White Women: #1 Washington Women Cruise At Pre-Nats Illinois' Angela Bizzarri got the individual win. The Huskies cruised without PAC-10 runner-up Mel Lawrence.
*Team *Individual

Chile Pepper: Oklahoma State Crushes Field At Chile Pepper With German Fernandez Only 11th *Men's Individual Results *Men's Team Results *Women's Team Results: Texas Tech Women Cruise At Chile Pepper Thread: Chili Pepper Invite: Fernandez injuries?

UVA: UVA Men Defeat Syracuse Men as #2 Villanova Women Put On A Dominating Display
Penn State: *Penn State/Lock Haven Women's Results *Rojo's Cornell XC Wins At Lock Haven

Recommended Reads/Watches From Last Week
*Former Marathon Record Holder Steve Jones Coached Jason Hartmann To 2:12 Hartmann deserves some major props for being the 4th fastest US guy in 2009.
Wonderful Profile Of Abderrahim Goumri, One Of Morocco's Great Marathoners Goumri ran his first marathon at age 21 and ran 2:30 and had no money to fly home. He ended up cutting French Fries in Norway to earn cash.
Top Arizona HS Team Forfeits Season After Coach Loses His Job Over Refusing To Tell A Volunteer Coach Who Was In US Illegally He Can't Coach Anymore
News Video On Admitted Drug Cheat Liza Hunter-Galvan, Who Was Busted After Injecting Herself With EPO

Other News Of Note:
*Tramautized Caster Semenya Skips College Exams *Caster Semenya Now Will Take Her College Entrance Exams
Sad News: Western State College's Lisa Thomas-Duits killed in single car accident
Coach Banned By UK For 5 Years After Rape Allegations Is Now Coaching Elite 800m Female In Ireland
Former 2-Time NCAA XC Champ Saimon Bairu And Former Stanford Star Malindi Elmore Win Canadian 10k Road Titles
*Fascinating Story - Hiroshima And Nagasaki Hope For Dual-City Olympic Bid
*Berlin Long Jump Medal Ceremony With Granddaughters Of Jesse Owens And Luz Long Is Voted "Peace Image Of The Year"

Remembering The Last Week With The Quotes of the Day - Day-By-Day:

Monday:   "You can't believe the raw talent in jail that is behind bars. And they're ready to challenge you. In here, people say, 'Oh, we haven't really heard of you.' Then it's, 'You had the world record? OK, now we know.' That means something."
- Tim Montgomery in a 3-hour interview with ESPN.com from a federal prison in Montgomery, Alabama. How the world of track and field has advanced since Montgomery set the 100m world record of 9.78 in 2002, years before he and partner Marion Jones would both end up in jail. A 100% Recommended Read.

"First of all (having Jenny Barringer on his team) it takes a couple of hundred points off our score immediately. Secondly, they've gone from the point of being awed by her to just respecting and emulating her. Their training in the last year has come up a notch. They don't aspire to beat her right now, but a year ago they didn't even aspire to be like her and now they do."
- Colorado coach Mark Wetmore on what Jenny Barringer means to his CU Buffalo women's team. The #19 ranked Buffs stunned everyone at pre-NCAAs and won the Blue race (the Buffs actually would have finished ahead of Oregon without Barringer on Saturday).

Saturday: "I remember we were in Scottsbluff, Nebraska, at the hospital (where Jorge Torres' mother was) waiting for results and me just being in this world of hurt and loss, and Jason Hartmann and I were talking about training for the marathon. We looked at each other and said, 'Well, when we get back to Boulder, we're going to get down to work. Every day's going to be nothing but training for the marathon.' And sure enough, on day one when I left the hospital and got back to Boulder, we met and we never stopped."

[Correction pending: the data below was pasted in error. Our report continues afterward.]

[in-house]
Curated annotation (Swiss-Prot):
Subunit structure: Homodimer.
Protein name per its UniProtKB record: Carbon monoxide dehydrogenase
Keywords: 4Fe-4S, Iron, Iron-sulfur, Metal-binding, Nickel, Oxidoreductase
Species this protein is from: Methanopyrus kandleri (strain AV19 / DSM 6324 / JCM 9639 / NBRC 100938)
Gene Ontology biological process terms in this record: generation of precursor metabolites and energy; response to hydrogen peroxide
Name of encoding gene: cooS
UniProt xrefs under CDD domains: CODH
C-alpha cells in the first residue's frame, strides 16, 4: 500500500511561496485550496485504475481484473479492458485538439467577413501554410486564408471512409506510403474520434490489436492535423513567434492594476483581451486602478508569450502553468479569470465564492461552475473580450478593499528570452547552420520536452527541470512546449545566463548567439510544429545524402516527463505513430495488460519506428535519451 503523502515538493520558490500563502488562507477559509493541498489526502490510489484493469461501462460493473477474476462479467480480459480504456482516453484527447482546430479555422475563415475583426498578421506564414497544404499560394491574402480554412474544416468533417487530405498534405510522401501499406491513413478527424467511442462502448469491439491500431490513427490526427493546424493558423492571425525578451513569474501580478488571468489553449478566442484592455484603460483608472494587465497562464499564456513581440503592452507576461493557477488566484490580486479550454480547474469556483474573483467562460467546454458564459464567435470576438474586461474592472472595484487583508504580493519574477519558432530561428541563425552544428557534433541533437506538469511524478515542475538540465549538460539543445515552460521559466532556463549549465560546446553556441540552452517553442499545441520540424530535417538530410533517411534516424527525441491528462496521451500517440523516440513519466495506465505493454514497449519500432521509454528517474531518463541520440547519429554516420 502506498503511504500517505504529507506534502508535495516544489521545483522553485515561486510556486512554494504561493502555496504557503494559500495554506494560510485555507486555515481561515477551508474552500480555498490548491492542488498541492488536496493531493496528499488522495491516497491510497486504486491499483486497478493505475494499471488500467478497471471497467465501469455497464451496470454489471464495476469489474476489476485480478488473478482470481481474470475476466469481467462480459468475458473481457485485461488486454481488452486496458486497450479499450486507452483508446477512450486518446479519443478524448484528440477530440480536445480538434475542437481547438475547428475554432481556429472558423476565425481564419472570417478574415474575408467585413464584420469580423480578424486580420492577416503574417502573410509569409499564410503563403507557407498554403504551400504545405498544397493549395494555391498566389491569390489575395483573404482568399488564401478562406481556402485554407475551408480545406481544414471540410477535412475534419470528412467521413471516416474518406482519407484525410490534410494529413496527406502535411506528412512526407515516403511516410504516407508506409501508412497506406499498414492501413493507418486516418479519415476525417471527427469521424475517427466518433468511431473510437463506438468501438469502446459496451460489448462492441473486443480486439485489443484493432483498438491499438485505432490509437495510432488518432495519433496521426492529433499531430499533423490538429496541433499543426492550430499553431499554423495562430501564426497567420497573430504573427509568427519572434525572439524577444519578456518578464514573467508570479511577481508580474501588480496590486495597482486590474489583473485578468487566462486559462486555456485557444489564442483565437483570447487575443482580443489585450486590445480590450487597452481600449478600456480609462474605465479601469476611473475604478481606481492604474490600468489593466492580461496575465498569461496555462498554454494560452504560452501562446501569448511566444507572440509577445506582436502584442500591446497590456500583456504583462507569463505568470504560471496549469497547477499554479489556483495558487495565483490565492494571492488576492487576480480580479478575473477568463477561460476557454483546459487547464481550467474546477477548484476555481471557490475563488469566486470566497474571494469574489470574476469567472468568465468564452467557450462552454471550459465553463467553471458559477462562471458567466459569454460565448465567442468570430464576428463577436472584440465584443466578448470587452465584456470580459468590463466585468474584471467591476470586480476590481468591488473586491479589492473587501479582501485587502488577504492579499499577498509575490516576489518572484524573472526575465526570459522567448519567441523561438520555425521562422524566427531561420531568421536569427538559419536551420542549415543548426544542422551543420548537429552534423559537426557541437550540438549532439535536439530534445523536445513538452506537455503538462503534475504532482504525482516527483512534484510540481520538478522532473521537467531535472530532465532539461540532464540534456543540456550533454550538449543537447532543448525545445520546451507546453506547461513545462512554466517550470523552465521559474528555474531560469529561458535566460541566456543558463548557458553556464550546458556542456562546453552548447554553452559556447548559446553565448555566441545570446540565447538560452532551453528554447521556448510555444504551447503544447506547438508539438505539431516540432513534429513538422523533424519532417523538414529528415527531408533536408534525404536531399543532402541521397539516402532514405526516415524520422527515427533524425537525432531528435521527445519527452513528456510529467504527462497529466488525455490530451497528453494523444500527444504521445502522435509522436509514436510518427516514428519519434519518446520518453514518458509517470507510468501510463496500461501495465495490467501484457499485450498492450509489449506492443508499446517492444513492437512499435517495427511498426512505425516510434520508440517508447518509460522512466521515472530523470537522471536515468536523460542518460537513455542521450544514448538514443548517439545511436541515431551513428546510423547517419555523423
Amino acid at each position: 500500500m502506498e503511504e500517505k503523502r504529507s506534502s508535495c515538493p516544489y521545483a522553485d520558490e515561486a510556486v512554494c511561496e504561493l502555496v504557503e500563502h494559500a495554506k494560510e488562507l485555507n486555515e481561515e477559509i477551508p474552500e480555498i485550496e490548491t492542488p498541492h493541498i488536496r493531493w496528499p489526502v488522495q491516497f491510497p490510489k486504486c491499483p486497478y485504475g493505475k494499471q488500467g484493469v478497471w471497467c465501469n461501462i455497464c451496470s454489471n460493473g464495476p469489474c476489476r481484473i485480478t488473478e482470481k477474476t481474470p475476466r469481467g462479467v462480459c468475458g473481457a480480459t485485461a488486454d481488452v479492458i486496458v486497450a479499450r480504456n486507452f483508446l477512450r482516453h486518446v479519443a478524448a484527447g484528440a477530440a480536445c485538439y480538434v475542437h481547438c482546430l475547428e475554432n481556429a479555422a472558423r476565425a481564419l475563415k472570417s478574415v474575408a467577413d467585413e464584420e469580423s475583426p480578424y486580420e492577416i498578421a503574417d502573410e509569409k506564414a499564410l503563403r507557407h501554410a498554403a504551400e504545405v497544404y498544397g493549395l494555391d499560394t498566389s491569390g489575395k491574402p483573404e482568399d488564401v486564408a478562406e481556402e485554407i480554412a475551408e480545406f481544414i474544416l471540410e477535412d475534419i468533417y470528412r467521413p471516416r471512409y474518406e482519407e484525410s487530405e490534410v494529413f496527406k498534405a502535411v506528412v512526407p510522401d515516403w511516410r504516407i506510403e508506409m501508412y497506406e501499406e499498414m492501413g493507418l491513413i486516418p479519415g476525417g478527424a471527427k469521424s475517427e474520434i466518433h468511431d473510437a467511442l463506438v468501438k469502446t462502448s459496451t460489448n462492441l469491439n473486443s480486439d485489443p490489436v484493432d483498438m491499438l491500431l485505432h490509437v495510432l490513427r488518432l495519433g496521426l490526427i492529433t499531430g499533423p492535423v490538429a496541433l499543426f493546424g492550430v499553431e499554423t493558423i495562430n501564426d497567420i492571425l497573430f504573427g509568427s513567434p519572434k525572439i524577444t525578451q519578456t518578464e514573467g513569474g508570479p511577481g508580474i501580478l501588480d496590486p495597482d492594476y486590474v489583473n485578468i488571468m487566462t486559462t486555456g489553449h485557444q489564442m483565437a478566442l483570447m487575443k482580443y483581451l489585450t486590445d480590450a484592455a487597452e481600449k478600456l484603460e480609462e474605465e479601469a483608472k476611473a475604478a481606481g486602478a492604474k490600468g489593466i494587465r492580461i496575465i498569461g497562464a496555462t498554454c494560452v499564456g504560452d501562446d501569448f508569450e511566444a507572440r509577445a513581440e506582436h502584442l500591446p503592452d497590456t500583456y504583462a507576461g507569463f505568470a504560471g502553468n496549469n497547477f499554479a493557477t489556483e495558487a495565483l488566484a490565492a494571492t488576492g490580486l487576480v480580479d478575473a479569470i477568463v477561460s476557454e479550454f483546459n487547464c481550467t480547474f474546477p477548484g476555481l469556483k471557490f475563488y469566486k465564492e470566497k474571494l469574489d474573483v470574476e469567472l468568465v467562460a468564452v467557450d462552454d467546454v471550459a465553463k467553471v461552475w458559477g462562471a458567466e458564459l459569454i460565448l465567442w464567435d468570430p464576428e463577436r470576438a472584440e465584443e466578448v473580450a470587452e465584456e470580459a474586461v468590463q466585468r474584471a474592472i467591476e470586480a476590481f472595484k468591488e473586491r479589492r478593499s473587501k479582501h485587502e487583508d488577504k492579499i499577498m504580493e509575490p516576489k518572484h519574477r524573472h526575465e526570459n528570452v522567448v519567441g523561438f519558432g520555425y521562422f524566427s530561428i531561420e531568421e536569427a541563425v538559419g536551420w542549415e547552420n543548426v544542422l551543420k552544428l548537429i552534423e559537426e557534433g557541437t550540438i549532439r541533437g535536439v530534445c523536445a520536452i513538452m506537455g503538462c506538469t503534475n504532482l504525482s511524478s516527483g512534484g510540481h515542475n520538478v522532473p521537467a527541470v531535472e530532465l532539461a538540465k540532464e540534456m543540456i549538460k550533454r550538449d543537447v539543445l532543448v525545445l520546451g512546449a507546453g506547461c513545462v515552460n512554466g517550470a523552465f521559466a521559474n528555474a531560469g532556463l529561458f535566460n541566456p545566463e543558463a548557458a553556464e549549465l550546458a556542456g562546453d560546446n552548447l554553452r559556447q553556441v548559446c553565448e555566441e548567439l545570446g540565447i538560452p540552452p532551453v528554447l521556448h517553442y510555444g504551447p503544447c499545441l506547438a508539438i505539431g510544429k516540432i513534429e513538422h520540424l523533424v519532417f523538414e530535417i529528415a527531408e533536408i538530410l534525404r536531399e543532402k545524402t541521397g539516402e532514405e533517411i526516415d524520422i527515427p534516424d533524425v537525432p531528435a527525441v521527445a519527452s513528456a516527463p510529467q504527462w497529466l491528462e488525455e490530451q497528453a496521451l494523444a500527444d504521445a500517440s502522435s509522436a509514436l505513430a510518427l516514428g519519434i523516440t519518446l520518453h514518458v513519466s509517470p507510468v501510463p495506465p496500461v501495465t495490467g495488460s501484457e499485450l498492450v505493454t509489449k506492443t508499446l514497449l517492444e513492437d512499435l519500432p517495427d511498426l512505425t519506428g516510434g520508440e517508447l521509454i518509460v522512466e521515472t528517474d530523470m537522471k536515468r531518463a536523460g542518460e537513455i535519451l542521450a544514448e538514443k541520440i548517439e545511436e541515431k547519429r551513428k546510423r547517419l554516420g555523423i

- Jorge Torres in a brief chat with Runner's World. Torres, who lost his mentor and almost his Mom in a car wreck this summer, will run his first marathon in two weeks in New York.

"I wish [running] were more popular. And I think a lot of it is that you have to start with the kids when they're young to keep it going, to keep it alive. So I think it's important to be involved. And it's fun. It mixes it up for me so life's not so stale. A lot of times I look at these women that are beating me and I think 'Oh, they don't have a job, all they do is run.' But then I picture myself doing that and I don't think I'd be so happy. I think you need something else in your life."
- Under the radar US road and cross-country standout Rebecca Donaghue in an interview with Matthew Manfred. She's talking about her high school coaching job in State College, PA and how it helps her running. We think this is really smart advice. It actually helps your running by keeping you happy and it helps the sport.

"If you're reading this then you ... are the worst man in history. No ifs, no buts -- the worst man, period ... As a class we are in fact the sorriest cohort of masculine Homo sapiens to ever walk the planet."
- Australian anthropologist Peter McAllister's first sentence from his new book entitled "Manthropology," which explains why aboriginal Aussies could easily outsprint Usain Bolt, Rwandan Tutsis could outjump Ivan Ukhov, and Neanderthal women could crush Arnold Schwarzenegger in arm wrestling at the peak of his training and steroid use.

"We understand that we have to overcome towering hurdles (to co-host the Olympics)."
- Koji Utsunomiya, head of Hiroshima City's sports promoting division. Hiroshima and Nagasaki hope to propose a joint bid to co-host the 2020 Olympic Games, though initial reactions from the IOC have been negative.

"London in 2012. She will be the winner."
- Agent Andrey Baranov talking about 2009 Chicago Marathon champion Liliya Shobukhova. In our Week That Was Stat of the Week, a LetsRun.com reader from Sweden informed us that Shobukhova finished the last 2.2km (from 40km to the finish line) in 6:36. That's 3:00 per km or 4:48 per 1,600m. She finished faster than all the elite men, including Sammy Wanjiru.